In May, I was happy to be invited to the Hot Springs Connection Conference at the Hot Springs Hotel and Conference Center in Arkansas. The Hot Springs Connection is the only group in the United States designed specifically for hot springs owners, operators, general managers, facilities directors, and industry professionals.
Wellness travel has been expanding, so it was time to see what new pilgrimages I might discover. The benefits from soaking in hot springs fits well with the shifts in consciousness among the public looking for ideas of mind, body, and spiritual health. My focus on hot springs photography was based on my book, Healing Waters (Aperture, 1998), and it blended into the theme of focused seminars for commercial geothermal pools, spas, and resorts, as well as guided group visits to the city’s historic “Bathhouse Row.”
Water as a healing source was used from earliest times—Hippocrates around 460 BC to the Islamic Hamman—and at the same time it was popular in Europe. In 1832, Hot Springs became a national park, and the waters there had been used first by the Indians, then travelers, and soon it became a major American health resort. Many hot springs owners consider themselves water stewards who are devoted to sustainability, preservation, and implementing new ideas for relaxation, healing, and enjoyment for their guests.
The attendees’ presentations covered many innovative trends such as implementing power showers and waterfalls; creating programs for guests to heal long-term Covid; designing pools specifically for physical therapy on site for injury healing; designing products that package mineral bath salts from a combination of properties for joints, sports injuries, and skin issues.
During the pandemic, a number of hot springs went out of business, but now new owners are renovating historic sites and using more technology, like incorporating the latest laser methods to dig new hot spring wells.
Many hot springs owners consider themselves water stewards who are devoted to sustainability, preservation, and implementing new ideas . . .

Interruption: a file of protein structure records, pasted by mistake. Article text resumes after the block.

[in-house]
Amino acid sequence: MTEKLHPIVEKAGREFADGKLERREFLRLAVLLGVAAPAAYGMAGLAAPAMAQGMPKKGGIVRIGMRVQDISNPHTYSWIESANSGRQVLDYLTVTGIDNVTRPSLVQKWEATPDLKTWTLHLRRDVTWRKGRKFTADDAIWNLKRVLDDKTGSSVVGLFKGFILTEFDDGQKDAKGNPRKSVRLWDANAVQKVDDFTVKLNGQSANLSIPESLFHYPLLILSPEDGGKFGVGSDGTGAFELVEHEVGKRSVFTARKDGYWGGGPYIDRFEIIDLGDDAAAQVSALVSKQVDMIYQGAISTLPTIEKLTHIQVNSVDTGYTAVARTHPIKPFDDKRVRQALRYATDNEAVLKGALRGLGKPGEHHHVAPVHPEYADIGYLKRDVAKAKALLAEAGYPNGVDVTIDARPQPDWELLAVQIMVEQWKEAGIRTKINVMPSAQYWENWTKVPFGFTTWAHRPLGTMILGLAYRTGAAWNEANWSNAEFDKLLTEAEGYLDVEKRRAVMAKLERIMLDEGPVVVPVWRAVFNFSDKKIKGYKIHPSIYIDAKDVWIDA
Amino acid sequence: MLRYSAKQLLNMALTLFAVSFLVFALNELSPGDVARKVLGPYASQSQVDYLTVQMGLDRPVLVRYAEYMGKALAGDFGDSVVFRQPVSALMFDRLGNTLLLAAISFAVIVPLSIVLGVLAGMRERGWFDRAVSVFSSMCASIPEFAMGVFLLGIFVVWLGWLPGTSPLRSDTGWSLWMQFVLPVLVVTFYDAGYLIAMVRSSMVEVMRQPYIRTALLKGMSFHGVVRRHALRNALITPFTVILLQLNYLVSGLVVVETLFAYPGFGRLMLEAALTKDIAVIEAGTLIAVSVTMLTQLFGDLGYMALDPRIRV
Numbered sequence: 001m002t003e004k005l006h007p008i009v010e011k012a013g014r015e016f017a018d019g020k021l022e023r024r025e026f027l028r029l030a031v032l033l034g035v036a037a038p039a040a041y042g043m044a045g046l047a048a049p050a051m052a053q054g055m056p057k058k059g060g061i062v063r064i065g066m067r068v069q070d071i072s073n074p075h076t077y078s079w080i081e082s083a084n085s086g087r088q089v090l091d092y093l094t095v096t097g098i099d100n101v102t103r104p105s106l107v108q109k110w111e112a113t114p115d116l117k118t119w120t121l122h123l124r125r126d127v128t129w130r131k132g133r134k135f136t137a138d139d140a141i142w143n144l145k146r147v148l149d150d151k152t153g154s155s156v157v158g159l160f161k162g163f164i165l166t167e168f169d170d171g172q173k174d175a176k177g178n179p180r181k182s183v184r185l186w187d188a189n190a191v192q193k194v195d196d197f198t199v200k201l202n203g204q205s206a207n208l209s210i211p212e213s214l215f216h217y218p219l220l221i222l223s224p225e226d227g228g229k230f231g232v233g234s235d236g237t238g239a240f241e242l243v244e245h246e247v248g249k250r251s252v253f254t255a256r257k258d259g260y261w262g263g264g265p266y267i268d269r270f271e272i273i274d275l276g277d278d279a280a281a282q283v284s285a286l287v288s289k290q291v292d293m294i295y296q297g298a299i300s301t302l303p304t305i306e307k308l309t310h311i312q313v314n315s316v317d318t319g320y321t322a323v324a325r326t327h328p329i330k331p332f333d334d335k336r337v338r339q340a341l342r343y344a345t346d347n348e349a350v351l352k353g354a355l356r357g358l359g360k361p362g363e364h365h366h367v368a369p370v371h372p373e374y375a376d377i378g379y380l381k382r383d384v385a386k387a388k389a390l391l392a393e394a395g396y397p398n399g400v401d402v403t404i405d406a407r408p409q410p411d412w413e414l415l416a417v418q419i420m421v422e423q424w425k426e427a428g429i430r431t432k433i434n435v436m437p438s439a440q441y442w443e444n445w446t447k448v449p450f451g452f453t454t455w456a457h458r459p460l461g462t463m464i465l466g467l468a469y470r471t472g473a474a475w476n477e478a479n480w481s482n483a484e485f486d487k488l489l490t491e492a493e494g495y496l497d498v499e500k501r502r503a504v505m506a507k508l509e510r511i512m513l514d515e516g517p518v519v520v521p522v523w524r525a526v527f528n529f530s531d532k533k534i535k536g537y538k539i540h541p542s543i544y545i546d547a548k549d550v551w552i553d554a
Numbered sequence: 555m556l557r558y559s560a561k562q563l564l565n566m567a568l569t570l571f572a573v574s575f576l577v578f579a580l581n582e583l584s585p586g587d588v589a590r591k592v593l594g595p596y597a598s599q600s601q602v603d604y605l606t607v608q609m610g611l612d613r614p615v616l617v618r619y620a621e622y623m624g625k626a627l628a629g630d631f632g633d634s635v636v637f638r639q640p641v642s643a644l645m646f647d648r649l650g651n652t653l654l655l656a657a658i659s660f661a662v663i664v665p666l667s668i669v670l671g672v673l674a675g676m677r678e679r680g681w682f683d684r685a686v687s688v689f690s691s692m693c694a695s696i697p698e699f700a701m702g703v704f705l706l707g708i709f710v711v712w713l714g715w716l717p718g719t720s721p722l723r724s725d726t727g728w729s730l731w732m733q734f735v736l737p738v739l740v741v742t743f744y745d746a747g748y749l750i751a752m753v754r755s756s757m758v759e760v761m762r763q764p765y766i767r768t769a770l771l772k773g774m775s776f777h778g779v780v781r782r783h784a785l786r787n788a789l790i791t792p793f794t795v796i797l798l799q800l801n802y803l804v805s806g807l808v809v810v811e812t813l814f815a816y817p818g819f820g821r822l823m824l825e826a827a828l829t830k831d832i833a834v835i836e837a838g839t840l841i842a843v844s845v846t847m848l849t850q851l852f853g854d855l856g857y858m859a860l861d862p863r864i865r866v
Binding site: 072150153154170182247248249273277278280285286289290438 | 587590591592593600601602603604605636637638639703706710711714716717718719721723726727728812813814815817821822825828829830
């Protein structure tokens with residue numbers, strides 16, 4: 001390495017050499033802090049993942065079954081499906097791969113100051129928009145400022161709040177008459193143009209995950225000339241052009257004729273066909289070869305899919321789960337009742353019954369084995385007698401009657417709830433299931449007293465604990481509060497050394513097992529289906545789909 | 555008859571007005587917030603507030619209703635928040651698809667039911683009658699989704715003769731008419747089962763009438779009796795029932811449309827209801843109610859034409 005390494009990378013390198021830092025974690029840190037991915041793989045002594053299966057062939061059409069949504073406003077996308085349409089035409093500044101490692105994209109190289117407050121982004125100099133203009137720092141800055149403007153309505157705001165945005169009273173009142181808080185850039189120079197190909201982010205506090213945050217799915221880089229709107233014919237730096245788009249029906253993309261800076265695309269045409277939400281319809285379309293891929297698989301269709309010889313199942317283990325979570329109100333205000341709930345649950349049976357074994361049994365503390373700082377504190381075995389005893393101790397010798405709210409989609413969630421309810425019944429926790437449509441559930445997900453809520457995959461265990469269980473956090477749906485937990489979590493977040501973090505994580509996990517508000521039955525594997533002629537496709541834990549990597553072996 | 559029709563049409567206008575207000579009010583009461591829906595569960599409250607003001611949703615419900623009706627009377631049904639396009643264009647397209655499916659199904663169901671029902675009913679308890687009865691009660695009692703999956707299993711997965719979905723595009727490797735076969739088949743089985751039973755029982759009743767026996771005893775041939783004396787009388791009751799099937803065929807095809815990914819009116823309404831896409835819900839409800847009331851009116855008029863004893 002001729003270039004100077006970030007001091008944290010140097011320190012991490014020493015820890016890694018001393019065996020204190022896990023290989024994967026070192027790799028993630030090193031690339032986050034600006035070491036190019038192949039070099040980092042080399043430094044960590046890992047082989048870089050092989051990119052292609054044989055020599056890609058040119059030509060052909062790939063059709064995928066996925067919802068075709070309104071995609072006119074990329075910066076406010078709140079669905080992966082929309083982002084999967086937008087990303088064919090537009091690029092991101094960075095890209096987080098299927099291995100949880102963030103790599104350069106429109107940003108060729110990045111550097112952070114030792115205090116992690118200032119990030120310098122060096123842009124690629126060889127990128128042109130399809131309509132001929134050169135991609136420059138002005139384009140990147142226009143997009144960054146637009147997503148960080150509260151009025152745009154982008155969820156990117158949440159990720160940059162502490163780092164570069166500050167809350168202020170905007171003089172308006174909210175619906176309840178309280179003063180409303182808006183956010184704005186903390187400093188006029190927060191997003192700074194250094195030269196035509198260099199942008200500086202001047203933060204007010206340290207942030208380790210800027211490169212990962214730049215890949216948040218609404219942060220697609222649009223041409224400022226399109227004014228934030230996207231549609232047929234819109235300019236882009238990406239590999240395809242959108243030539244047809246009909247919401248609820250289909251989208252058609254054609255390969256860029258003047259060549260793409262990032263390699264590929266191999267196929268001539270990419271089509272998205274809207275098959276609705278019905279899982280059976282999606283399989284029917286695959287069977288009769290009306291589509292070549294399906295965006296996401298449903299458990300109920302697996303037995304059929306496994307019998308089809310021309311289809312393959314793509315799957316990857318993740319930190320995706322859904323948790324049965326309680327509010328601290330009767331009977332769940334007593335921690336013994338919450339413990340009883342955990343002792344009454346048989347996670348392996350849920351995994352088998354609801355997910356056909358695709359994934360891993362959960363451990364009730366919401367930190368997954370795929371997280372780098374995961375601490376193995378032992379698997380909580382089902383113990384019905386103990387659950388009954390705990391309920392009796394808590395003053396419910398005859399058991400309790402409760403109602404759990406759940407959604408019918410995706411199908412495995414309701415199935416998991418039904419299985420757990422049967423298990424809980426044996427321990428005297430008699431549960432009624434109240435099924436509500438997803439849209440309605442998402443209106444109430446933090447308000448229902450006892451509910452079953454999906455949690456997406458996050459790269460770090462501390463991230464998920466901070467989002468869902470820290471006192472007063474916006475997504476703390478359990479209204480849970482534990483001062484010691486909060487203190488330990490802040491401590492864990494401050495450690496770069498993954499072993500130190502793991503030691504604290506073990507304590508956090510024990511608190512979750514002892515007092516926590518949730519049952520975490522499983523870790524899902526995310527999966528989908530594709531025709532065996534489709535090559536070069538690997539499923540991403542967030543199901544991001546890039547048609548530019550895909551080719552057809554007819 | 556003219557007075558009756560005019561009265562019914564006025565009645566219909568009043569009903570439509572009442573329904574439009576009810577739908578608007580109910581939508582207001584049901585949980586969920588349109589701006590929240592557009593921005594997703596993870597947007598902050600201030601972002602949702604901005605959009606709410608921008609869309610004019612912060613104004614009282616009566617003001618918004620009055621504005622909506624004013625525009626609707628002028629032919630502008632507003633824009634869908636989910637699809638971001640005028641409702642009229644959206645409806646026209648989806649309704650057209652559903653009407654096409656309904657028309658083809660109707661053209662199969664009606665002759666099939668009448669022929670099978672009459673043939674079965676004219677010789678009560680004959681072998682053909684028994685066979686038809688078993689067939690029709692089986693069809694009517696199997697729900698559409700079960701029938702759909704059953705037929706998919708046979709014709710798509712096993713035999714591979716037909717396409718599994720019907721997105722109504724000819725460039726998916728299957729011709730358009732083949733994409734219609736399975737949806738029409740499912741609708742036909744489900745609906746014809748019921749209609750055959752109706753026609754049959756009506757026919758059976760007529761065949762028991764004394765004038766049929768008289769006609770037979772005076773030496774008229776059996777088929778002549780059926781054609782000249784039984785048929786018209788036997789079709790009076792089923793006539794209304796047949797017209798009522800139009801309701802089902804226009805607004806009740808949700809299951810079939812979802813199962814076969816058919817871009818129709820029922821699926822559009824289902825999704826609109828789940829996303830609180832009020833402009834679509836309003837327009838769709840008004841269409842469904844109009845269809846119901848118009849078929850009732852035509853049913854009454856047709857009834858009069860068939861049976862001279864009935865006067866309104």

Celebrating Hot Springs & Historic Bathhouses
For me, I chose to stay at the Arlington Hotel and Spa where the traditional thermal bathhouse and a grand mountainside twin-cascading pool would be the right atmosphere to shoot my creative photography style during the conference. I was at the other end of the city, and to attend the conference, I walked by the “bathhouse row” where two other bathhouses are still functioning—Quapaw and the Buckstaff—and also photographed other historical buildings. These three historic bathhouses receive the precious mineral water from the 5000-acre Hot Springs National Park.
A century ago, “taking the cure” of hot or cold water was important to people because there was no modern medicine. Doctors in Hot Springs were known to recommend different bathhouses for illnesses just like they write prescriptions for bottled pills today. “Taking the Waters” in the “Valley of Vapors” for example was said to help people with rheumatism (today’s arthritis), stress, fitness, and exhaustion. These baths provided and still provide a great atmosphere for the detoxification process through hot mineral water, so guests are cleansing and vacationing today at the same time.
Historically, thermal water bathhouses were frequented by Franklin D. Roosevelt, Tony Bennett, Yoko Ono, and Barbara Streisand, to name but a few who took overnight accommodations at the Arlington Hotel in Hot Springs. All the bathhouses were utilized by the baseball legend, Babe Ruth. In fact, in the past, baseball players would spend spring training there to relax, recover, enjoy the region, and get in shape for the next season. People told me they feel “overall lightness, being refreshed in their body, peaceful with a clarity of mind, and better sleep quality.” The hot-spring circuit slows one down and enables guests to leave the world’s issues and their own stresses behind for a while.